Hobson’s Pledge says that wherever it can be reasonably established that the Crown unlawfully confiscated property from any individual or group, compensation should be paid, provided however that any such compensation should be “full and final”.
However, of the 75 settlements detailed below, only 31 involve land confiscation. Areas in which land was confiscated were limited to Taranaki, Waikato, the Bay of Plenty, and some areas in Gisborne and northern Hawke’s Bay.
Treaty breaches alleged by the remaining claimant groups are mainly to do with the sale of land, with claimants wanting more money. Confiscation claimants also complained about land sales in their areas.
Although confiscations were highly contentious at the time, with substantial opposition in Parliament, they were nevertheless legally carried out under the New Zealand Settlements Act 1863.
Those of us living in the relative peace and security of the 21st century often overlook the fact that 19th century settlers were fighting a war they could not afford to lose and the threat of land confiscation had a real impact on which side tribes chose to support.
Another overlooked fact is that the total financial amount involved in each settlement, referred to as the “quantum”, does not reflect the gravity of the alleged treaty breach. The quantum is calculated by following a simple formula which is essentially to do with the land area the tribe claimed to own in 1840 and the number of tribe members today. (1)
In other words, the tribe that claimed the biggest land area in 1840 and the most registered members today should get the biggest pay-out. Moreover, every claimant group may expect a pay-out.
The divisive process of Treaty settlements began more than 30 years ago, when a Labour Government made the highly unusual decision to commission a seven-member tribunal to settle all Maori grievances back to February 6, 1840, the date the Treaty of Waitangi was signed.
Maori Affairs Minister Koro Wetere said this was to address “the mounting tension in the community that springs from the sense of injustice that is harboured about the grievances that are outstanding”. (2)
The first small settlement, at Waitomo, involving a $1 million loan, was achieved in 1990, followed by a commercial fisheries settlement worth $170 million in 1992. The first big land confiscation settlement, with Waikato-Tainui, also worth $170 million, was agreed in 1995.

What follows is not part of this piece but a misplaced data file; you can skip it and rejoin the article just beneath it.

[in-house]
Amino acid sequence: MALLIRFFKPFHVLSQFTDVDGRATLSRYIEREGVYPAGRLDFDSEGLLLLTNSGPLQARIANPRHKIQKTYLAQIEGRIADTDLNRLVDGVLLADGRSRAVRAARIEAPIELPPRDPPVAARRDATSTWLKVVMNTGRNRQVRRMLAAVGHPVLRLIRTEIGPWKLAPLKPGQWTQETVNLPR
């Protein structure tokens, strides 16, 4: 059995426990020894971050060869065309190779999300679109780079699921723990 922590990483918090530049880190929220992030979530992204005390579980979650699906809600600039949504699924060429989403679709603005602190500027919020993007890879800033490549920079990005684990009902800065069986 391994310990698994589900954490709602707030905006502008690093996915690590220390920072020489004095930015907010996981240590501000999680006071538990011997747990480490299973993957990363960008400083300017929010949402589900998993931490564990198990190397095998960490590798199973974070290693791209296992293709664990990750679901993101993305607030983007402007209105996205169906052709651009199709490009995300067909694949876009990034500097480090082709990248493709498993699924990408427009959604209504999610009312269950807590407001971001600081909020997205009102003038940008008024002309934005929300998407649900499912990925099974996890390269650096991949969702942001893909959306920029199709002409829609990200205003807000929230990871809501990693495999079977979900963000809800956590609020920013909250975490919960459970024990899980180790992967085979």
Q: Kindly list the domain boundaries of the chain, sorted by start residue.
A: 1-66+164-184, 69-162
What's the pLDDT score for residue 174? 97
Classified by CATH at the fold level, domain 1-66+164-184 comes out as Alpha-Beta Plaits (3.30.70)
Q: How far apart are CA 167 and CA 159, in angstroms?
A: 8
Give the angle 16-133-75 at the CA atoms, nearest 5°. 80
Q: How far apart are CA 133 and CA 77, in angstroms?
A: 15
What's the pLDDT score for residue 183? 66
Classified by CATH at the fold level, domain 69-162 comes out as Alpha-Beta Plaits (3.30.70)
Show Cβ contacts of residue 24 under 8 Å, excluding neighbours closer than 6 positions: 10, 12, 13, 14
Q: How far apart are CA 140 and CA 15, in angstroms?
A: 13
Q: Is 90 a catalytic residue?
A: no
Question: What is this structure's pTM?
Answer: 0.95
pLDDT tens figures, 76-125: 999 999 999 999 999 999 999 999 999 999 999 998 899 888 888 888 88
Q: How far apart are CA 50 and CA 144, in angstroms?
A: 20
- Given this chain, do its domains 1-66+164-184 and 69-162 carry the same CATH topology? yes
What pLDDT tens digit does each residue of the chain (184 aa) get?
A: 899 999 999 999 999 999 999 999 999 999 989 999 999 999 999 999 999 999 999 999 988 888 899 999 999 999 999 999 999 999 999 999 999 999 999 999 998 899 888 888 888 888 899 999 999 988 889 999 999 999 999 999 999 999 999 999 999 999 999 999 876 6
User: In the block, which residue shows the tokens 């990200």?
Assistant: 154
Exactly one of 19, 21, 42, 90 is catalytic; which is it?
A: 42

There was a row over how much this was going to cost. The Bolger National Government proposed a cap of $1 billion, calling it a “fiscal envelope”. Tribes objected and the cap was dropped in 1996.
Nevertheless, the two big tribes that had settled early negotiated into their settlements a clause that entitled them to a proportion of all settlements over $1 billion in 1992 dollars.
Waikato-Tainui would get 17 percent of all future treaty settlements and Ngai Tahu 16.1 percent. Top-ups started in June of 2012, when the $1 billion mark (in 1994 dollars) was reached. The amounts of these ongoing top-ups are not reported by the Government, although they can be found in the annual financial reports of both tribes.
The Office of Treaty Settlements soon operated like a well-oiled machine. By March 31, 2016, a total of 61 treaty settlements with a financial redress total of $2.47 billion had been completed with a further 55 in other stages.
The process is explained in detail in the “red book” titled Healing the past, building a future, which is published by the Office of Treaty Settlements. (3)
Of course, the promise of cash brought a flood of grievances. A total of 2034 claims were registered by September 1, 2008, the deadline for historical claims. This compared with just nine grievances a delegation of chiefs took to Queen Victoria in 1882.
Investigation of grievances has a long history with investigations by land sale commissioners in the 1840s, confiscation compensation commissions in the 1860s, the Native Land Commission in 1920, and others.
A further commission chaired by Supreme Court Judge William Sim in 1926 led to a series of settlements – including the Ngai Tahu Claim Settlement Act 1944, the Taranaki Maori Claims Settlement Act 1944, the Waikato-Maniapoto Maori Claims Settlement Act 1946, and more.
A number of claims have been settled a number of times. For instance, Ngai Tahu’s $170 million settlement in 1998 was the fifth settlement originally generated by a single complaint to do with the tribe’s sale of 20 million acres in 1848, known as the Kemp purchase. The complaint was about reserves not being marked out.
Both the Treaty settlement policy and process ignore basic assumptions we have about our democratic system.